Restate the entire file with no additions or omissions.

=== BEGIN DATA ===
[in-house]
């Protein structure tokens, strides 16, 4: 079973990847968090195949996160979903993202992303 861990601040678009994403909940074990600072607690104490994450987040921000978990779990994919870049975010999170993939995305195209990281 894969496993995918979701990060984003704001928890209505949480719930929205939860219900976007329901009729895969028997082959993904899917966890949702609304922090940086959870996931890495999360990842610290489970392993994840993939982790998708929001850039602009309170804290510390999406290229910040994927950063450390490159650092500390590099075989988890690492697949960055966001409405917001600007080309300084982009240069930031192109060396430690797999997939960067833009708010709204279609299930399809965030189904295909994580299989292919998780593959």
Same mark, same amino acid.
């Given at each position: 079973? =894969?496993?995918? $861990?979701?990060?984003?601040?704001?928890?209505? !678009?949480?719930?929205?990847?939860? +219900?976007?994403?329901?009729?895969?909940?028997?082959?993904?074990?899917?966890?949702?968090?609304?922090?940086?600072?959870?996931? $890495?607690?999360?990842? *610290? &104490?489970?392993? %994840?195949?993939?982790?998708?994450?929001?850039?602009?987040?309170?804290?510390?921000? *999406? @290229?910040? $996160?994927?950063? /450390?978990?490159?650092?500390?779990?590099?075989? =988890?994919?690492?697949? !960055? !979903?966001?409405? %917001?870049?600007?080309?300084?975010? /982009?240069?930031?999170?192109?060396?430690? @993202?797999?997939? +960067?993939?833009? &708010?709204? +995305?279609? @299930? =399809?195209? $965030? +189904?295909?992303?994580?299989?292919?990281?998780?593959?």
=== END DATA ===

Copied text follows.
[in-house]
């Protein structure tokens, strides 16, 4: 079973990847968090195949996160979903993202992303 861990601040678009994403909940074990600072607690104490994450987040921000978990779990994919870049975010999170993939995305195209990281 894969496993995918979701990060984003704001928890209505949480719930929205939860219900976007329901009729895969028997082959993904899917966890949702609304922090940086959870996931890495999360990842610290489970392993994840993939982790998708929001850039602009309170804290510390999406290229910040994927950063450390490159650092500390590099075989988890690492697949960055966001409405917001600007080309300084982009240069930031192109060396430690797999997939960067833009708010709204279609299930399809965030189904295909994580299989292919998780593959």
Same mark, same amino acid.
């Given at each position: 079973? =894969?496993?995918? $861990?979701?990060?984003?601040?704001?928890?209505? !678009?949480?719930?929205?990847?939860? +219900?976007?994403?329901?009729?895969?909940?028997?082959?993904?074990?899917?966890?949702?968090?609304?922090?940086?600072?959870?996931? $890495?607690?999360?990842? *610290? &104490?489970?392993? %994840?195949?993939?982790?998708?994450?929001?850039?602009?987040?309170?804290?510390?921000? *999406? @290229?910040? $996160?994927?950063? /450390?978990?490159?650092?500390?779990?590099?075989? =988890?994919?690492?697949? !960055? !979903?966001?409405? %917001?870049?600007?080309?300084?975010? /982009?240069?930031?999170?192109?060396?430690? @993202?797999?997939? +960067?993939?833009? &708010?709204? +995305?279609? @299930? =399809?195209? $965030? +189904?295909?992303?994580?299989?292919?990281?998780?593959?």